A thing is right when it tends to preserve the integrity, stability, and beauty of the biotic community. It is wrong when it tends otherwise
Aldo Leopold. The name doesn’t conjure pictures of a billionaire entrepreneur, an Oscar winning actor, or an influential politician. In fact, to most people, Aldo Leopold simply doesn’t create a picture at all. For someone who pioneered and laid the foundation for the modern environmental movement, this seems ironic or perhaps a sad reflection of society’s values.
Aldo Leopold was the author of The Sand County Almanac and various other essays that advocated environmentalism.
Through his Land Ethic and his eloquent writing, he was able to bring up the philosophy of environmentalism and tell millions about the moral duties humans had to the natural world. Despite passing away over seventy years ago, Leopold is still remembered today, which leads me to believe that his legacy will be remembered even a century from now. In the face of post WW2 American capitalism and emerging concepts, Leopold dared to say that land was an integrated, dynamic community of plant and animal life when nature was viewed as a mere commodity for making everyone richer. His want for wilderness areas to remain pristine, and his fear that in the face of human greed, nature would lose its footing and be used up until none was left for both humans and nature, drove him to poetically contest these ideas through his essays and novels. Leopold’s story is largely relevant today. Recently, the government and most people have taken a turn for environmentalism. From the introduction of Green Bins to straw bans, it is clear that efforts are being made to reduce the human impact on our beloved planet. Unfortunately, carbon emissions from industries and automobiles are still building up in our atmosphere leading to global warming. Despite there being evidence of climate change, such as the melting snow on Mount Kilimanjaro and receding glaciers, no affirmative action is being taken, just like how humanity ignored nature’s changes in the Midwest until the dust storms of 1937 during Leopold’s time.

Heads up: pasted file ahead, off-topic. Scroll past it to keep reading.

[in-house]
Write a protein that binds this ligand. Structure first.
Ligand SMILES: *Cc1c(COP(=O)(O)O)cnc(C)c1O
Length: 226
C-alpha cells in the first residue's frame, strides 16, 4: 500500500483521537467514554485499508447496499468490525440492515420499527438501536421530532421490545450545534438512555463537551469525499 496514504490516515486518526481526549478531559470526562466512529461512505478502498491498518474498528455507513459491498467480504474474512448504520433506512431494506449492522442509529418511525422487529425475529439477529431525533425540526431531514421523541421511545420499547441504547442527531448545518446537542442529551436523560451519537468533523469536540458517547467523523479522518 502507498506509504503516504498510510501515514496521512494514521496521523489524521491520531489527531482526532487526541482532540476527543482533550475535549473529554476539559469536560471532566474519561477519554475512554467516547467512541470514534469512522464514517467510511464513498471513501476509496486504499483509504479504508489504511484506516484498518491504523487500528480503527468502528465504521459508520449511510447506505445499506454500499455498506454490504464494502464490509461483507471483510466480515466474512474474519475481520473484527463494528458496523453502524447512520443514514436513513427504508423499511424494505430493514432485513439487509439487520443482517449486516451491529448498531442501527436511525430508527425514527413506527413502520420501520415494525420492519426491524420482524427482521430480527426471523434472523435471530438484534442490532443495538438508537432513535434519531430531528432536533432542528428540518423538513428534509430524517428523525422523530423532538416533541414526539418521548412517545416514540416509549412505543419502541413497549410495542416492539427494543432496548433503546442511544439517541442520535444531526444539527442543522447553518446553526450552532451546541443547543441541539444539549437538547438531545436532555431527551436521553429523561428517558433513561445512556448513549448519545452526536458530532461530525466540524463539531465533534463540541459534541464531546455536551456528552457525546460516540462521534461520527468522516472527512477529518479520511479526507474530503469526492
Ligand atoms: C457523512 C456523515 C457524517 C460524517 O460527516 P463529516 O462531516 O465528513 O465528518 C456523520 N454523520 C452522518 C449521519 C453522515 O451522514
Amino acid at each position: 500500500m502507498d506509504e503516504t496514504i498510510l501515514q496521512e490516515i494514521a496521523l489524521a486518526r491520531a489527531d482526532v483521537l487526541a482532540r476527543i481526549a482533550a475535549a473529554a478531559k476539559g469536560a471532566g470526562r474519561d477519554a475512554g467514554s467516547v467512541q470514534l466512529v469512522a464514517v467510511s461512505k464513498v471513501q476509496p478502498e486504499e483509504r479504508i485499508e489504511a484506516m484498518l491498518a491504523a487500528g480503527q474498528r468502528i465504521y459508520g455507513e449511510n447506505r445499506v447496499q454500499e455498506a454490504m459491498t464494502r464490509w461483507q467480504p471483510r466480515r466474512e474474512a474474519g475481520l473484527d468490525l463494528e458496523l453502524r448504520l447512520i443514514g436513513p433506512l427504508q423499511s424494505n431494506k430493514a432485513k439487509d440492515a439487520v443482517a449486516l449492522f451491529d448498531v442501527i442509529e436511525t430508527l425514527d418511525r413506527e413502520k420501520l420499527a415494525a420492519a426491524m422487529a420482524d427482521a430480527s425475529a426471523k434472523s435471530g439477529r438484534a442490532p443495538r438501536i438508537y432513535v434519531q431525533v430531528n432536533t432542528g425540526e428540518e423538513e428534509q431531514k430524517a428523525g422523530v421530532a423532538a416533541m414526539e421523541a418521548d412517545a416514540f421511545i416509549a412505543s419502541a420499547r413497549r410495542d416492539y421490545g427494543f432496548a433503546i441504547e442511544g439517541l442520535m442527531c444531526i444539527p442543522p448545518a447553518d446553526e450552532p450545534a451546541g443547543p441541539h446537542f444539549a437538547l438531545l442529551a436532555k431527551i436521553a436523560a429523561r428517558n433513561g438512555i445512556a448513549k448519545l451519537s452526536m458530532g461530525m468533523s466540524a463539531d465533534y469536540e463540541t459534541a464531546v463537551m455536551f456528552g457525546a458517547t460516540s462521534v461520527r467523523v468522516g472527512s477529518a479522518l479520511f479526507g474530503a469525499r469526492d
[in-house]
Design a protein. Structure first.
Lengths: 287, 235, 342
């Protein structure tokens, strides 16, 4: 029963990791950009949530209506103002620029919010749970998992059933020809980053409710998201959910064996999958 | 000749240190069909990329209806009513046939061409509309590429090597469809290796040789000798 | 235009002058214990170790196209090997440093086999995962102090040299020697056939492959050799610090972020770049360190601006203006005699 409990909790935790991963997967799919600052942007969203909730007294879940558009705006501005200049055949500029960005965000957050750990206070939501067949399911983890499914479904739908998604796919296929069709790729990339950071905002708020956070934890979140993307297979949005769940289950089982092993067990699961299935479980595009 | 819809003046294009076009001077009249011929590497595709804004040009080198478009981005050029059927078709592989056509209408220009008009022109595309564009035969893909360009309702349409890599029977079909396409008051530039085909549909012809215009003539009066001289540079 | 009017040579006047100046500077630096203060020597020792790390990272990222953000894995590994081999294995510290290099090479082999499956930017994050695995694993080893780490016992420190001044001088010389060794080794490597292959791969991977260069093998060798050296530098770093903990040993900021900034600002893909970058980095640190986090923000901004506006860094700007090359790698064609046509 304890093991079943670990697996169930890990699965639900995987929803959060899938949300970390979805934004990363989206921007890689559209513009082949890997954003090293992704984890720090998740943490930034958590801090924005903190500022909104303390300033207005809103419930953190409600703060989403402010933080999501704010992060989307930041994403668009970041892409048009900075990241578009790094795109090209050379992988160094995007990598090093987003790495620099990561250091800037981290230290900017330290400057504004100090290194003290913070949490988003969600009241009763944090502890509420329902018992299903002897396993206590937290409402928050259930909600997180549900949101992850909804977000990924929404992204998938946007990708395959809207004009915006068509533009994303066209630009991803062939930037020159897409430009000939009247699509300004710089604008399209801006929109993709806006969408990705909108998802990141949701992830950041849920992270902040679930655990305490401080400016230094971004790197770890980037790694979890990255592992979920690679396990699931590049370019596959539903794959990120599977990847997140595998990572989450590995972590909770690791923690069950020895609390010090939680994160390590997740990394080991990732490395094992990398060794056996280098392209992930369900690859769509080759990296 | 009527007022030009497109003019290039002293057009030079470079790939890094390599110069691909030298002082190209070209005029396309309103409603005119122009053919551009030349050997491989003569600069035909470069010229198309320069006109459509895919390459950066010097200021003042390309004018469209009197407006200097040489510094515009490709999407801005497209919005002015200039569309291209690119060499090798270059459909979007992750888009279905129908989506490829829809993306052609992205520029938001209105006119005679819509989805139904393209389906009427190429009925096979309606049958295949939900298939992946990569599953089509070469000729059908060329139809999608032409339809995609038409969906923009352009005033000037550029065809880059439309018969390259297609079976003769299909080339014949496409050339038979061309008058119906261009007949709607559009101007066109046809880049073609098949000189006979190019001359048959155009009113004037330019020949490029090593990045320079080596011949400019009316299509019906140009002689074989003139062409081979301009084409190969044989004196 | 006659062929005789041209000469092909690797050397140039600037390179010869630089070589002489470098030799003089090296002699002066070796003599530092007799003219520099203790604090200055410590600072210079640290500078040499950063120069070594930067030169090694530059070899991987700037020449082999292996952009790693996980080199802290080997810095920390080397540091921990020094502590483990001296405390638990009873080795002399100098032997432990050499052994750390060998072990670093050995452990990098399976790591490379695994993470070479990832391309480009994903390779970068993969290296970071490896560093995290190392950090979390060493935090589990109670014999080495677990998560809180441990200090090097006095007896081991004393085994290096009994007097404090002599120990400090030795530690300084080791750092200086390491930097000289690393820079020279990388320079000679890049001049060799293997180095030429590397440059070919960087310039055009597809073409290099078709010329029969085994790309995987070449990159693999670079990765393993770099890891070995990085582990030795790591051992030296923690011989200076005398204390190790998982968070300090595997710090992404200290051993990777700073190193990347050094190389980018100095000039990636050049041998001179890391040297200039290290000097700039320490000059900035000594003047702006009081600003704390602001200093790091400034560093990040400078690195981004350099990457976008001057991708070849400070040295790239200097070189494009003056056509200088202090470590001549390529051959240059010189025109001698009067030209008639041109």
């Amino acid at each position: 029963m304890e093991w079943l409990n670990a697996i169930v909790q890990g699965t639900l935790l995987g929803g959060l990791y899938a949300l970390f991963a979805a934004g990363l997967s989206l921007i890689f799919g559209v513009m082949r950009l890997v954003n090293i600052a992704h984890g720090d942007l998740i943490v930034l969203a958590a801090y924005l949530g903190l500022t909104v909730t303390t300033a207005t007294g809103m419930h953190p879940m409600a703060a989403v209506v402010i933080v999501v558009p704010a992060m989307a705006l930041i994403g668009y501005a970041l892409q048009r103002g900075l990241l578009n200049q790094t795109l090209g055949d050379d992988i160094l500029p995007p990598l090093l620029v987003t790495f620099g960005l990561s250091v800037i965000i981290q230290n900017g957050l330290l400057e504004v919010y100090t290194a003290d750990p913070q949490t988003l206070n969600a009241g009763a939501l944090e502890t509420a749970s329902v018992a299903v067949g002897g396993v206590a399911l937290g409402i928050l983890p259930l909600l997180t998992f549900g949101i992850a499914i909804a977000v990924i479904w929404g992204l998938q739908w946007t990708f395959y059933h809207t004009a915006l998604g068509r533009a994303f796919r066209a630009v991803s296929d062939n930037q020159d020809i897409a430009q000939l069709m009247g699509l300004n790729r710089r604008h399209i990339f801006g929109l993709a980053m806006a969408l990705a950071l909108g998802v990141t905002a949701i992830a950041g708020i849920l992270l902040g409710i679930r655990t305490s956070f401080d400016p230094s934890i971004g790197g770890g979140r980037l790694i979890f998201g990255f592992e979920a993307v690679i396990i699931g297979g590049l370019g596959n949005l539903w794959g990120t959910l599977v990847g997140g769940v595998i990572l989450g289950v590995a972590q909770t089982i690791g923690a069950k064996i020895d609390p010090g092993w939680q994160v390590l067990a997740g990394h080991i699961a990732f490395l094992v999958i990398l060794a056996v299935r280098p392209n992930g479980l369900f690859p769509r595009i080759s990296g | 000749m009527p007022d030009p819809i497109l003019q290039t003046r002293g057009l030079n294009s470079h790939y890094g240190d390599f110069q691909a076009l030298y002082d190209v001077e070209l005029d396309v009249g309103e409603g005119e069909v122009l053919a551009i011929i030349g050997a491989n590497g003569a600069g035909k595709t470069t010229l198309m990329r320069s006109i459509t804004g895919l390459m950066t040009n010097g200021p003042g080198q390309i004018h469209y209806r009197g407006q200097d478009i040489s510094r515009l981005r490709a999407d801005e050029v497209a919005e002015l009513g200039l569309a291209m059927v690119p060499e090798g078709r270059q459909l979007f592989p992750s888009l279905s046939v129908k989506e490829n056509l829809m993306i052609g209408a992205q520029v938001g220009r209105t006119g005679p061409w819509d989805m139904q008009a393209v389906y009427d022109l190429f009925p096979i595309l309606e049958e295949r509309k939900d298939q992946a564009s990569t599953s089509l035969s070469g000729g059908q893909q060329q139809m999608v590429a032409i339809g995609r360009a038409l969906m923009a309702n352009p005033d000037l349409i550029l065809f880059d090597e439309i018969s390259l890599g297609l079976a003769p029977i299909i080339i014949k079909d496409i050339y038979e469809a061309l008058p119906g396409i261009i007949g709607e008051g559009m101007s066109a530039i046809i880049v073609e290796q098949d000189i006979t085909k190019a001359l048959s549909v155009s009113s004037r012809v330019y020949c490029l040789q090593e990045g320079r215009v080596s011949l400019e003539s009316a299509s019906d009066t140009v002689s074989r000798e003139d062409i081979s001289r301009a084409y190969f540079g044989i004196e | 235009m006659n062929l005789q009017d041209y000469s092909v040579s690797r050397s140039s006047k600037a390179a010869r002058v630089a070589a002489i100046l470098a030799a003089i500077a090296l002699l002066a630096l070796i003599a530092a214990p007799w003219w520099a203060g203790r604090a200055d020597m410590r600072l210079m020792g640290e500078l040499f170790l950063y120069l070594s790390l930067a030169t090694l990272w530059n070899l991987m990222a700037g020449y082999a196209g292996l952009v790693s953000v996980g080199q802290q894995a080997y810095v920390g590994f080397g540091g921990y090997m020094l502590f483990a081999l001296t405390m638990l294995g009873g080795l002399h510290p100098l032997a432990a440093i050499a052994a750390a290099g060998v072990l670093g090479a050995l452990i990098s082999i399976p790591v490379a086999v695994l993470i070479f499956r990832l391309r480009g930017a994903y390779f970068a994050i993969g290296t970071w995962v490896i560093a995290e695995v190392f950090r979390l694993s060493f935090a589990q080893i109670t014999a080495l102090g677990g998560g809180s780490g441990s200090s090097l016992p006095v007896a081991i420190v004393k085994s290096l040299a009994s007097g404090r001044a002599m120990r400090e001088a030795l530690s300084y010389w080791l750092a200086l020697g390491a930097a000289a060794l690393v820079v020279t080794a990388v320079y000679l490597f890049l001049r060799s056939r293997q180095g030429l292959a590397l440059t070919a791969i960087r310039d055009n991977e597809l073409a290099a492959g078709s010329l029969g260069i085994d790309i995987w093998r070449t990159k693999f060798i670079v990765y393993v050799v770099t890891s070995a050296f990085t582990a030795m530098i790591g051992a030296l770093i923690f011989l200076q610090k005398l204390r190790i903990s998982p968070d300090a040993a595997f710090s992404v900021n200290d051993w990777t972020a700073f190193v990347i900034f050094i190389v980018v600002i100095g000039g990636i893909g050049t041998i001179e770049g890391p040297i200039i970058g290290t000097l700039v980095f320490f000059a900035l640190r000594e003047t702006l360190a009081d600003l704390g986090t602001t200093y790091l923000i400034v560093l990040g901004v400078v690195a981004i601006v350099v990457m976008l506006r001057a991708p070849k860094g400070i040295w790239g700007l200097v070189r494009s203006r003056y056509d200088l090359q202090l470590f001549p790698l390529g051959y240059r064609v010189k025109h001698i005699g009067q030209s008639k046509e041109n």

Leopold’s story teaches us about our moral obligation to nature and why listening to nature’s changes and recognizing our role in promoting the health of the land is crucial in the long run. Additionally, despite his diligence and effort, Leopold’s story is largely unknown. Perhaps it’s the fact the Leopold himself doesn’t look like someone who is “cool” to follow. Perhaps it is a reflection of society’s unwillingness to sacrifice comfort for the betterment of the environment. Nevertheless, Leopold has done a lot and his story deserves to be told. The story of environmentalism is not that long, with the modern environmental movement having only started sixty years ago, but is filled with struggles between environmentalists and industries. Leopold stands out among the myriad of environmentalists because he helped lay the foundation for the environmental movement and influenced many people in his field. Additionally, his story is complete; Leopold’s struggles and work are completed, which makes him preferable over a nascent figure. From Leopold, we can take away many things, but perhaps the greatest thing we can take away is what Leopold preached from the very beginning, to recognize our role in promoting the health of the land and caring for it.